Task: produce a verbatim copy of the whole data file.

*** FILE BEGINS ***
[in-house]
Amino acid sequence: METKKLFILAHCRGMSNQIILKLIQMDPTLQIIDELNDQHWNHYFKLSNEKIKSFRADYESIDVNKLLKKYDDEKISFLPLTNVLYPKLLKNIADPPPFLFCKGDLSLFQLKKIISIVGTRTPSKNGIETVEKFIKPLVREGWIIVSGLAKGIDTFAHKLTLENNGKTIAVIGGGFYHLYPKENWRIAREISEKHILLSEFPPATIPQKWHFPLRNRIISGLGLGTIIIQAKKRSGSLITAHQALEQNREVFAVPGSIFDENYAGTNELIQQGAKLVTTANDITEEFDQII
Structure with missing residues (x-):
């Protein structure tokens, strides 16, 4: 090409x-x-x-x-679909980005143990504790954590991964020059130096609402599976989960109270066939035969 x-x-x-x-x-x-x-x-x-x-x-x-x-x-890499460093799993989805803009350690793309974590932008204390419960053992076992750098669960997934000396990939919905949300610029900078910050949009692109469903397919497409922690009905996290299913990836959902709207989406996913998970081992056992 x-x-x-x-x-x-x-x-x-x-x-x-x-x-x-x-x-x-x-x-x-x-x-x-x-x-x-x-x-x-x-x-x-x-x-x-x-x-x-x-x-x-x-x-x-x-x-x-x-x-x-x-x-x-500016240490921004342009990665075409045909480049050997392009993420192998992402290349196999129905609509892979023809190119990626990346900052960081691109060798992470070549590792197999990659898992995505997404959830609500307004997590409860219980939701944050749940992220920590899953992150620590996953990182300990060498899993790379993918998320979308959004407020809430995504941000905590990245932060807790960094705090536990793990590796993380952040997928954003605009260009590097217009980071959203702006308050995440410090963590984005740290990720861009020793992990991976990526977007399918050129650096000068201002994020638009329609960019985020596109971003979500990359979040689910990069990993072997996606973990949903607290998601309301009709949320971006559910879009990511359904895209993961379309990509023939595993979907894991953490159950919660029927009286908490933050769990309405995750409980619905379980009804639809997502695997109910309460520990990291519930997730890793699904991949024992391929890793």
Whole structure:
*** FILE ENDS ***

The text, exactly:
[in-house]
Amino acid sequence: METKKLFILAHCRGMSNQIILKLIQMDPTLQIIDELNDQHWNHYFKLSNEKIKSFRADYESIDVNKLLKKYDDEKISFLPLTNVLYPKLLKNIADPPPFLFCKGDLSLFQLKKIISIVGTRTPSKNGIETVEKFIKPLVREGWIIVSGLAKGIDTFAHKLTLENNGKTIAVIGGGFYHLYPKENWRIAREISEKHILLSEFPPATIPQKWHFPLRNRIISGLGLGTIIIQAKKRSGSLITAHQALEQNREVFAVPGSIFDENYAGTNELIQQGAKLVTTANDITEEFDQII
Structure with missing residues (x-):
């Protein structure tokens, strides 16, 4: 090409x-x-x-x-679909980005143990504790954590991964020059130096609402599976989960109270066939035969 x-x-x-x-x-x-x-x-x-x-x-x-x-x-890499460093799993989805803009350690793309974590932008204390419960053992076992750098669960997934000396990939919905949300610029900078910050949009692109469903397919497409922690009905996290299913990836959902709207989406996913998970081992056992 x-x-x-x-x-x-x-x-x-x-x-x-x-x-x-x-x-x-x-x-x-x-x-x-x-x-x-x-x-x-x-x-x-x-x-x-x-x-x-x-x-x-x-x-x-x-x-x-x-x-x-x-x-x-500016240490921004342009990665075409045909480049050997392009993420192998992402290349196999129905609509892979023809190119990626990346900052960081691109060798992470070549590792197999990659898992995505997404959830609500307004997590409860219980939701944050749940992220920590899953992150620590996953990182300990060498899993790379993918998320979308959004407020809430995504941000905590990245932060807790960094705090536990793990590796993380952040997928954003605009260009590097217009980071959203702006308050995440410090963590984005740290990720861009020793992990991976990526977007399918050129650096000068201002994020638009329609960019985020596109971003979500990359979040689910990069990993072997996606973990949903607290998601309301009709949320971006559910879009990511359904895209993961379309990509023939595993979907894991953490159950919660029927009286908490933050769990309405995750409980619905379980009804639809997502695997109910309460520990990291519930997730890793699904991949024992391929890793």
Whole structure: